Fourier and Confocal Microscopy

Fourier and 

Confocal Microscopy 

Fourier Microscopy (Back-focal plane Imaging)


Fourier microscope for the investigation of the directional scattering and directional emission of surfaces and nanostructures. Fourier microscopy is based on imaging the back-focal plane of an objective lens that collects the scattered or emitted light from a sample. This back-focal plane contains information about the scattered/emitted light intensity in defined directions. Fourier microscopy has been used for imaging the directional emission of fluorescent beads, dye-molecules coupled to plasmonic gratings, metamaterials, surface plasmon polariton waveguides, quantum dots coupled to plasmonic antennas or single plasmonic/dielectric nanowires.



Specifications:


        • Excitation wavelength range: 300 nm – 1000 nm
        • Equipped with high numerical aperture objective lenses (NA 0.95, dry) and (NA 1.4, oil-immersed) to access broad angular distributions
        • Integrated with electrical probes for electroluminescence measurements
        • Possibility of polarimetry and extraction of Stoke’s parameters


Examples:

(Left) Angular emission pattern of a single semiconductor (InP) nanowire shown in the scanning electron microscope image. (Middle and right) Angular emission patterns of a luminescent layer of dye molecules on top of two different arrays of metallic nanoparticles.

Confocal and Fluorescence Life-Time Imaging Microscopy


Confocal microscope in combination with a diffraction limited laser scanning head and sensitive detectors to perform micro-photoluminescence (micro-PL) and fluorescence life-time imaging measurements (FLIM). The excitation spot can be fixed while the diffraction limited detection spot can be scanned around the excitation, which allows the measurement of exciton, charge and/or photon transport.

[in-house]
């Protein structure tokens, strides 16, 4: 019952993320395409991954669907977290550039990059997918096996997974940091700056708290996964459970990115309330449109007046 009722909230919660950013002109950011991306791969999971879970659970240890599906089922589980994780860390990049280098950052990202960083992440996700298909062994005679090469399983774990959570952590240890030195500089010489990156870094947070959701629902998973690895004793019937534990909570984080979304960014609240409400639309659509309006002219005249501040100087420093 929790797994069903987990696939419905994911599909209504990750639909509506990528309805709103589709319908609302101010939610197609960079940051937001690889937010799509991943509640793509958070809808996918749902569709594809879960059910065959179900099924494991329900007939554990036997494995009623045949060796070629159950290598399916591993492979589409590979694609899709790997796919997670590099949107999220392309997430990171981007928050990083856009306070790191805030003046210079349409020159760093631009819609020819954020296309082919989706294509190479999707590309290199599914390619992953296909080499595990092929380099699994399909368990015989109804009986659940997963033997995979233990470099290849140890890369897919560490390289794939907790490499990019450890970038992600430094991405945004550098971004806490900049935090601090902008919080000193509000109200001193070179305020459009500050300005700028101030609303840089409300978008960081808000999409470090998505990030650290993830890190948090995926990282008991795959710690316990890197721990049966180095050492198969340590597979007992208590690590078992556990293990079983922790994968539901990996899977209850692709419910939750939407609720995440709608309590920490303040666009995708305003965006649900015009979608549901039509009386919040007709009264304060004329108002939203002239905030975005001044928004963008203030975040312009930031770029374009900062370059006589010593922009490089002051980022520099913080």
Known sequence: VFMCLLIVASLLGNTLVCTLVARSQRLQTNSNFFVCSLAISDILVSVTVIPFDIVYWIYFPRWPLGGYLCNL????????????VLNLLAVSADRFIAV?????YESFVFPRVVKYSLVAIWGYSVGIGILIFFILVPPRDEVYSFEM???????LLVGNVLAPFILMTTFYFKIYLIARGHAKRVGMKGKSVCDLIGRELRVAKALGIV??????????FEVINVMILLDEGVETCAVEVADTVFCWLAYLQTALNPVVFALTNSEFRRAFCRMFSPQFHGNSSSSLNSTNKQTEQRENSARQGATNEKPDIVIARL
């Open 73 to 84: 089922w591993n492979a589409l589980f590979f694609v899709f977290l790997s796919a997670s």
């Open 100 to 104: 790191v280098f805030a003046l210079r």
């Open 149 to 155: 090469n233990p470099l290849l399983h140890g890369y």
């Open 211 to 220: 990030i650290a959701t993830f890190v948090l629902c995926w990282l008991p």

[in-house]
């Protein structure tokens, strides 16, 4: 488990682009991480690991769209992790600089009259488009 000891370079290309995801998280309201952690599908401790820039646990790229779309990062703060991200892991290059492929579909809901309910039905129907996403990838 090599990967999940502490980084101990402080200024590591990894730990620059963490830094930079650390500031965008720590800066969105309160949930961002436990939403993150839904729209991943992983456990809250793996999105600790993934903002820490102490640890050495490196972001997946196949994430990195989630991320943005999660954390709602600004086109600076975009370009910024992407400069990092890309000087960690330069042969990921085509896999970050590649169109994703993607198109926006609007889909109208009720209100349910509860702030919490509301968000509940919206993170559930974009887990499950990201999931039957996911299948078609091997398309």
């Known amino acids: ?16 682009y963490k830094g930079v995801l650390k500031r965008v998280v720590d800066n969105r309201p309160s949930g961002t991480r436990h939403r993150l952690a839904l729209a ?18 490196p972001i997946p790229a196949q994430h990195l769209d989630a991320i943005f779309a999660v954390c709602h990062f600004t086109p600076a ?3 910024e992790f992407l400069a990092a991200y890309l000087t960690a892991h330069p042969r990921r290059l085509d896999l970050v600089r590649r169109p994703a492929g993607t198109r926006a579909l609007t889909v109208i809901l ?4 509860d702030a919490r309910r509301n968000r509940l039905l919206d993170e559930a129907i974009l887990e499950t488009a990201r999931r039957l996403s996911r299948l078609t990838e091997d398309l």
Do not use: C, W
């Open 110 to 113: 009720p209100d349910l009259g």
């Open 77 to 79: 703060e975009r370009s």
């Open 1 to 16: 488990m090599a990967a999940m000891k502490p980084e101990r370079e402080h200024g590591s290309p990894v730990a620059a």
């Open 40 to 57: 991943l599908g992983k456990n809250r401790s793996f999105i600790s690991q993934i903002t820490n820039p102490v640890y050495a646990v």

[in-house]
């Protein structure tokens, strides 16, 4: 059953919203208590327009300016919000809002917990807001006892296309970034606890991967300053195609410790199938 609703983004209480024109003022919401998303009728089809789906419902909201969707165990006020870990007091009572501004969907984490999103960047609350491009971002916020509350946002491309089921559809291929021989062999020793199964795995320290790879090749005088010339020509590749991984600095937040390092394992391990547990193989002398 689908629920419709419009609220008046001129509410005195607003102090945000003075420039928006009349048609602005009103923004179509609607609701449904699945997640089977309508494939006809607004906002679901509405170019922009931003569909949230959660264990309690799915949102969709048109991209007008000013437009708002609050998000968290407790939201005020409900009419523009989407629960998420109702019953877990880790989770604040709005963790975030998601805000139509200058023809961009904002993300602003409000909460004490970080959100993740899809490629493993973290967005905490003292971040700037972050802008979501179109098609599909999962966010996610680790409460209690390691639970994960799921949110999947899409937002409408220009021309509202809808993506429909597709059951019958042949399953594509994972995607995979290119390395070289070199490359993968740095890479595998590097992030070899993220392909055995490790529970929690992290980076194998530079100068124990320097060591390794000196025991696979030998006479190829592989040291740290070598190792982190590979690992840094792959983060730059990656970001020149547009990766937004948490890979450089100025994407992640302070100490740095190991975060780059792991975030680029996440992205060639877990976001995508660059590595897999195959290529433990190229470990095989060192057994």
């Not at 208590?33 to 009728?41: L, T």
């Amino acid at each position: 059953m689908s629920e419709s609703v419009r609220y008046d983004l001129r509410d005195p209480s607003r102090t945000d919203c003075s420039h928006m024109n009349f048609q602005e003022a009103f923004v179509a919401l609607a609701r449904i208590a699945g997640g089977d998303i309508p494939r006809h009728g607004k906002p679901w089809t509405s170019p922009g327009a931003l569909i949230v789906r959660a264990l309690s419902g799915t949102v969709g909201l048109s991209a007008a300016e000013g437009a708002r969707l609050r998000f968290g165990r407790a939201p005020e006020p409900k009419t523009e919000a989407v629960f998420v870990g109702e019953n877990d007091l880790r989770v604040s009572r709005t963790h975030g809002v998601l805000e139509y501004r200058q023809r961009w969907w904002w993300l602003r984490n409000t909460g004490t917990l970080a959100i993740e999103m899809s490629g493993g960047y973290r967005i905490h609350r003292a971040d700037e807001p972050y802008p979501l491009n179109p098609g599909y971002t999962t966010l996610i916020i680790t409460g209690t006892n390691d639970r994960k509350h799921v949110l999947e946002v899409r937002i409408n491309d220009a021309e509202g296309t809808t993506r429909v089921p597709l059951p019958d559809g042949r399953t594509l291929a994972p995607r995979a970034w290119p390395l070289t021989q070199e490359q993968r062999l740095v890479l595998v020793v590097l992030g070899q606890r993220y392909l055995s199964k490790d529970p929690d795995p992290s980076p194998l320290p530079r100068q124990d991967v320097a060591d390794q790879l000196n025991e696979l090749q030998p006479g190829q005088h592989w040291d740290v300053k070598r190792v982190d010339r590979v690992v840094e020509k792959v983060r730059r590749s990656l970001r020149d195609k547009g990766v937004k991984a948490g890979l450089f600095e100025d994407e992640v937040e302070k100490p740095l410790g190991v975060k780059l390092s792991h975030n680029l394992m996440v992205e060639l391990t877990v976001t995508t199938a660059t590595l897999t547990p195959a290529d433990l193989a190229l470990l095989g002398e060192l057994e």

Specifications:

          • Spatial resolution: diffraction-limited (approx. 400 nm)
          • Time-resolution for FLIM: 100 ps
          • Possibility of large area scanning (80 μm2 at 100x magnification)
          • Conventional/glass-corrected objectives for optimum imaging
          • Excitation wavelength range: 400 – 800 nm
          • Detection wavelength range: 400 – 1000 nm

Examples:

(Left) Scanning electron microscope image of a array of aluminum nanoparticles covered by layer of organic fluorophores. (Right) Corresponding fluorescent life-time image obtained by the confocal microscope. Scale bares are 0.5 mm.

(i) Reflection image of a WS2 sample with regions containing a single atomic layer (Dashed lines). (ii) Photoluminescence images of the monolayers in the WS2 sample. (iii) Fluorescnce life-time image of the WS2 monolayers. (iv) The average excited-state life-time of the monolayers. Scale bares are 5 mm.